Loftus, E. F. (1995, March-April). Remembering dangerously. Skeptical Inquirer, 20-29.
National Psychological Association for Psychoanalysis (1998, January 31). The making of a psychoanalyst [WWW document]. URL http://www.npap.org/inst.htm
Notturno, M. A., & McHugh, P. R. (1986). Is Freudian psychoanalytic theory really falsifiable? Behavioral and Brain Sciences, 9, 250-252.
Popper, K. (1986). Predicting overt behavior versus predicting hidden states. Behavioral and Brain Sciences, 9, 254-255.
Rand, N., & Torok, M. (1997). Questions for Freud: The secret history of psychoanalysis. Cambridge, MA: Harvard University Press.
Spence, D. P. (1986). Are free associations necessarily contaminated? Behavioral and Brain Sciences, 9, 259.
Wax, M. L. (1986). Psychoanalysis: Conventional wisdom, self knowledge, or inexact science? Behavioral and Brain Sciences, 9, 264-265.
Psychoanalytic Criticism (1930s-present)
This resource will help you begin the process of understanding literary theory and schools of criticism and how they are used in the academy.
Contributors: Allen Brizee, J. Case Tompkins, Libby Chernouski, Elizabeth Boyle, Sebastian Williams
Last Edited: 2018-01-31 03:56:52
Psychoanalytic criticism builds on Freudian theories of psychology. While we don't have the room here to discuss all of Freud's work, a general overview is necessary to explain psychoanalytic literary criticism.
The Unconscious, the Desires, and the Defenses
Freud began his psychoanalytic work in the 1880s while attempting to treat behavioral disorders in his Viennese patients. He dubbed the disorders 'hysteria' and began treating them by listening to his patients talk through their problems. Based on this work, Freud asserted that people's behavior is affected by their unconscious: "...the notion that human beings are motivated, even driven, by desires, fears, needs, and conflicts of which they are unaware..." (Tyson 14-15).
Freud believed that our unconscious was influenced by childhood events. Freud organized these events into developmental stages involving relationships with parents and drives of desire and pleasure where children focus "...on different parts of the body...starting with the mouth...shifting to the oral, anal, and phallic phases..." (Richter 1015). These stages reflect base levels of desire, but they also involve fear of loss (loss of genitals, loss of affection from parents, loss of life) and repression: "...the expunging from consciousness of these unhappy psychological events" (Tyson 15).
Tyson reminds us, however, that "...repression doesn't eliminate our painful experiences and emotions...we unconsciously behave in ways that will allow us to 'play out'...our conflicted feelings about the painful experiences and emotions we repress" (15). To keep all of this conflict buried in our unconscious, Freud argued that we develop defenses: selective perception, selective memory, denial, displacement, projection, regression, fear of intimacy, and fear of death, among others.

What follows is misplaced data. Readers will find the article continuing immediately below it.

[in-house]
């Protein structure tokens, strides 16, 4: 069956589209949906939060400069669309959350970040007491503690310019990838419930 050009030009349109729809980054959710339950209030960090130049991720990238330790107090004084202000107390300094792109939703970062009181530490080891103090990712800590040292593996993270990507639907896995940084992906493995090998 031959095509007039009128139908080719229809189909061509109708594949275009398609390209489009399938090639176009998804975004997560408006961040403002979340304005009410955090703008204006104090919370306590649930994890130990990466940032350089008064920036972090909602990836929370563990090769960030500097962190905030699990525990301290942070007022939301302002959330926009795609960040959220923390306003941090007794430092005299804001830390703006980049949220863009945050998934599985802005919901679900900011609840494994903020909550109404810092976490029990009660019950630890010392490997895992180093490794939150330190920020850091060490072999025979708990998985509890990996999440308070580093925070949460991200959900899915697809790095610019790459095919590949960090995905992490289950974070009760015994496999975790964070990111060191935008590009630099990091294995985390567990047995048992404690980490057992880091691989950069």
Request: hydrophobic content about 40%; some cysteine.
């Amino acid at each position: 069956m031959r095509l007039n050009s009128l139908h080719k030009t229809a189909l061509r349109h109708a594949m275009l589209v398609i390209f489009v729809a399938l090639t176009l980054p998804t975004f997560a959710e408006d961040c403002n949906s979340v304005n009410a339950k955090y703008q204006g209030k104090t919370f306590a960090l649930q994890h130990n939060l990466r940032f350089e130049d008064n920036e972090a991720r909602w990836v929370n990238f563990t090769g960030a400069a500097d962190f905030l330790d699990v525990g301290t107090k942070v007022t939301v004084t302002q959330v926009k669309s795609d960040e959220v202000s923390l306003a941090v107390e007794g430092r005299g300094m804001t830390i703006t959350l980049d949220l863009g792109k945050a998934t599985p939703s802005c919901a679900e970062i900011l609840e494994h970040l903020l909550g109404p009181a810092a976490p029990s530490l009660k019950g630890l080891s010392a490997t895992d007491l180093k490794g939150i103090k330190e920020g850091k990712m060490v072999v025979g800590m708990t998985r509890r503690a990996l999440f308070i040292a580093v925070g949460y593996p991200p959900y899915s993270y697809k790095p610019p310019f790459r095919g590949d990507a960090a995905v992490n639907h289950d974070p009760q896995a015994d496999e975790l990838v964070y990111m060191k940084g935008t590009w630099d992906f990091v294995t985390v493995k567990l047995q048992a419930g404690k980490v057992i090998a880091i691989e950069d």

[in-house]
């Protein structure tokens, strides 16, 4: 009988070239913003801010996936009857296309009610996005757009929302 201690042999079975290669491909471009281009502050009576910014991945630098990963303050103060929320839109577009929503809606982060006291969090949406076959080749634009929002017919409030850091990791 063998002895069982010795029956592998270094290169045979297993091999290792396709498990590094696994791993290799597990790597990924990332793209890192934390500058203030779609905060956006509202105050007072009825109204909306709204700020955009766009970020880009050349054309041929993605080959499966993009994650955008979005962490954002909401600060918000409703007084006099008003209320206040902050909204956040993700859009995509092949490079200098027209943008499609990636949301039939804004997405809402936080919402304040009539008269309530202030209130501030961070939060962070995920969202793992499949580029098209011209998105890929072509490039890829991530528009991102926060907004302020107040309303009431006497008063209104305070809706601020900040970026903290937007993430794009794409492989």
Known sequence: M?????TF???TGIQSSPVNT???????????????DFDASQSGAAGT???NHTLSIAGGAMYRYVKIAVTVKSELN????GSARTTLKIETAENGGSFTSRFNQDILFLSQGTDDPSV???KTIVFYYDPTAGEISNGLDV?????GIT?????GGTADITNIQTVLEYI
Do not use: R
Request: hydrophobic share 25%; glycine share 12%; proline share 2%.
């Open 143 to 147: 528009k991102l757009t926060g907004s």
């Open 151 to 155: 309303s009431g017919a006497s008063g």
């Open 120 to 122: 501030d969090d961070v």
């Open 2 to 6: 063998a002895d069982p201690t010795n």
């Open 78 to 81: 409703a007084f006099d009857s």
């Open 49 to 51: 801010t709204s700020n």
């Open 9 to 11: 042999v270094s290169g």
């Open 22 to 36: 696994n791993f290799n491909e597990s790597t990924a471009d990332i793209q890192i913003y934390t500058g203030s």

Id, Ego, and Superego
Freud maintained that our desires and our unconscious conflicts give rise to three areas of the mind that wrestle for dominance as we grow from infancy, to childhood, to adulthood:
- id - "...the location of the drives" or libido
- ego - "...one of the major defenses against the power of the drives..." and home of the defenses listed above
- superego - the area of the unconscious that houses Judgment (of self and others) and "...which begins to form during childhood as a result of the Oedipus complex" (Richter 1015-1016)
Freud believed that the Oedipus complex was "...one of the most powerfully determinative elements in the growth of the child" (Richter 1016). Essentially, the Oedipus complex involves children's need for their parents and the conflict that arises as children mature and realize they are not the absolute focus of their mother's attention: "the Oedipus complex begins in a late phase of infantile sexuality, between the child's third and sixth year, and it takes a different form in males than it does in females" (Richter 1016).
Freud argued that both boys and girls wish to possess their mothers, but as they grow older "...they begin to sense that their claim to exclusive attention is thwarted by the mother's attention to the father..." (1016). Children, Freud maintained, connect this conflict of attention to the intimate relations between mother and father, relations from which the children are excluded. Freud believed that "the result is a murderous rage against the father...and a desire to possess the mother" (1016).
Freud pointed out, however, that "...the Oedipus complex differs in boys and girls...the functioning of the related castration complex" (1016). In short, Freud thought that "...during the Oedipal rivalry [between boys and their fathers], boys fantasized that punishment for their rage will take the form of..." castration (1016). When boys effectively work through this anxiety, Freud argued, "...the boy learns to identify with the father in the hope of someday possessing a woman like his mother. In girls, the castration complex does not take the form of anxiety...the result is a frustrated rage in which the girl shifts her sexual desire from the mother to the father" (1016).